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|Title:||Interspecific competition between two generalist parasitoids that attack the leafroller Epiphyas postvittana (Lepidoptera: Tortricidae)|
|Citation:||Bulletin of Entomological Research, 2015; 105(4):426-433|
|Publisher:||CAMBRIDGE UNIV PRESS|
|Y. Feng, S. Wratten, H. Sandhu and M. Keller|
|Abstract:||Two generalist parasitoids, Dolichogenidea tasmanica (Cameron) (Hymenoptera: Braconidae) and Therophilus unimaculatus (Turner) (Hymenoptera: Braconidae) attack early instars of tortricid moths, including the light brown apple moth, Epiphyas postvittana (Walker) (Lepidoptera: Tortricidae). The two parasitoids co-exist in natural habitats, while D. tasmanica is dominant in vineyards, whereas T. unimaculatus occurs mainly in adjacent native vegetation. This difference suggests possible competition between the two species, mediated by habitat. Here, we report on the extent of interspecific differences in host discrimination and the outcome of interspecific competition between the two parasitoids. The parasitoids did not show different behavioural responses to un-parasitized hosts or those that were parasitized by the other species. Larvae of D. tasmanica out-competed those of T. unimaculatus, irrespective of the order or interval between attacks by the two species. The host larvae that were attacked by two parasitoids died more frequently before a parasitoid completed its larval development than those that were attacked by a single parasitoid. Dissection of host larvae parasitized by both species indicated that first instars of D. tasmanica attacked and killed larval T. unimaculatus.|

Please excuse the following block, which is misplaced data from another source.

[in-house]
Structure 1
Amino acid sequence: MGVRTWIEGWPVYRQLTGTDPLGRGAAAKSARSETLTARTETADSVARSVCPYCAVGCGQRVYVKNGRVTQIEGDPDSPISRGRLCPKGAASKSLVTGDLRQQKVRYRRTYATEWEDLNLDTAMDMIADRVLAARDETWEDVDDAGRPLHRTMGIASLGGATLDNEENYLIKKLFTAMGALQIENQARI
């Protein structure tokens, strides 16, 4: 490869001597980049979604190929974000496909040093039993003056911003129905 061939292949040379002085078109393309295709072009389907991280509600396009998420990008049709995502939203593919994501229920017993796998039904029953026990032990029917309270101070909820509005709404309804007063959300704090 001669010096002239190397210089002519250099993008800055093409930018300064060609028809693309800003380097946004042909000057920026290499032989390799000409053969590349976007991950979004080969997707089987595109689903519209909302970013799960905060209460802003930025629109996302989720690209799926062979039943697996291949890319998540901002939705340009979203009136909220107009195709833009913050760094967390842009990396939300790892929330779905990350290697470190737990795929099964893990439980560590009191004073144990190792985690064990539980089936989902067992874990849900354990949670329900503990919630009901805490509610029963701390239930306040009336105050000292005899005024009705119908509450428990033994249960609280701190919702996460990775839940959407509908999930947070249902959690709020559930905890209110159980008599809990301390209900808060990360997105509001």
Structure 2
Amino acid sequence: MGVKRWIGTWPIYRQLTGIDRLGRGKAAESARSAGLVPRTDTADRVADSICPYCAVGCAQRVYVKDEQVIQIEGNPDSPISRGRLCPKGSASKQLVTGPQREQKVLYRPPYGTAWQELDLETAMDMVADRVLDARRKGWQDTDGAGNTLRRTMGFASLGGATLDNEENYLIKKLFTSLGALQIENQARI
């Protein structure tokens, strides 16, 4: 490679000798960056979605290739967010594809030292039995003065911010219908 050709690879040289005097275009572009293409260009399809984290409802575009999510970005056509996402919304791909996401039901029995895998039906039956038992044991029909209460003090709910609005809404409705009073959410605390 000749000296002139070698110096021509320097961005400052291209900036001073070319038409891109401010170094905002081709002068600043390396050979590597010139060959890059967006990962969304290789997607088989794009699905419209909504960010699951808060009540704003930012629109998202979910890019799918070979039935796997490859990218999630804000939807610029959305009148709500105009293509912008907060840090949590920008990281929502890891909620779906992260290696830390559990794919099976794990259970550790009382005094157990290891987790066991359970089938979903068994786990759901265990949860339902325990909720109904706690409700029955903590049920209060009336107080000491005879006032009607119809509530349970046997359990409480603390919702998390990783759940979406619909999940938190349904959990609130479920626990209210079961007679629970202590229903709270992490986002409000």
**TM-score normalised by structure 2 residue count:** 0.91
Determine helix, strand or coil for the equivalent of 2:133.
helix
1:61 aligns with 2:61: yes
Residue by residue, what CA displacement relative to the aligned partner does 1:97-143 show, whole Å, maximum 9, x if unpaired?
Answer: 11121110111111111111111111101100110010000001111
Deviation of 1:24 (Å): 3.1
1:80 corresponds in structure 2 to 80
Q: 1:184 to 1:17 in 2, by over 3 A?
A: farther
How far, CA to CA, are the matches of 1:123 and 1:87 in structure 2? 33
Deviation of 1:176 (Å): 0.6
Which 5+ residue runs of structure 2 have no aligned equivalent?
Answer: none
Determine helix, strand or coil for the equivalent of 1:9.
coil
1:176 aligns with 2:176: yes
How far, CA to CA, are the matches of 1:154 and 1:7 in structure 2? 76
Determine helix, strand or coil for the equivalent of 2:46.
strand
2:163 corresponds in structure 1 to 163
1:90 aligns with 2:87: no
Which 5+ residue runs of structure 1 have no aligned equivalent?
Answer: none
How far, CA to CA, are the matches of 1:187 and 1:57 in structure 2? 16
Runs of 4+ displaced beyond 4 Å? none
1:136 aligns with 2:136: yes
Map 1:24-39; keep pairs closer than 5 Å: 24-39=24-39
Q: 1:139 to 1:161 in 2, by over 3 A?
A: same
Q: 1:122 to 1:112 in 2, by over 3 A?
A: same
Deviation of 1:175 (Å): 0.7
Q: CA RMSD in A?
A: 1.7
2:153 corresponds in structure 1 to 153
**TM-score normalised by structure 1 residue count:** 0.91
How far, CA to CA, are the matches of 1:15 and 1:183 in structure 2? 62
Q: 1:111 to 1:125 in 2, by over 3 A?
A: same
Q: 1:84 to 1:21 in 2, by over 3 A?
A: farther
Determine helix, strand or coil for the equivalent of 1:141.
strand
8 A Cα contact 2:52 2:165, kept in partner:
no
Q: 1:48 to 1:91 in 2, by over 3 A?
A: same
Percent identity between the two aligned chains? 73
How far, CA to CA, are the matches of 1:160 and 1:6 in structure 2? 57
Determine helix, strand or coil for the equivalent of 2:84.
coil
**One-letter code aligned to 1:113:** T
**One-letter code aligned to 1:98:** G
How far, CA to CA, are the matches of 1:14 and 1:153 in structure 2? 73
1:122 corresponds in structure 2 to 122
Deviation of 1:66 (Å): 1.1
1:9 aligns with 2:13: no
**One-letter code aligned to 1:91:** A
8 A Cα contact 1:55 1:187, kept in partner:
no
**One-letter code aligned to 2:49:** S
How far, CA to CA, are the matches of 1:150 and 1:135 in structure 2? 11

|Keywords:||Dolichogenidea tasmanica; Therophilus unimaculatus; host discrimination; intrinsic competition; light brown apple moth; parasitoid; searching behavior|
|Rights:||© Cambridge University Press 2015|
|Appears in Collections:||Agriculture, Food and Wine publications|
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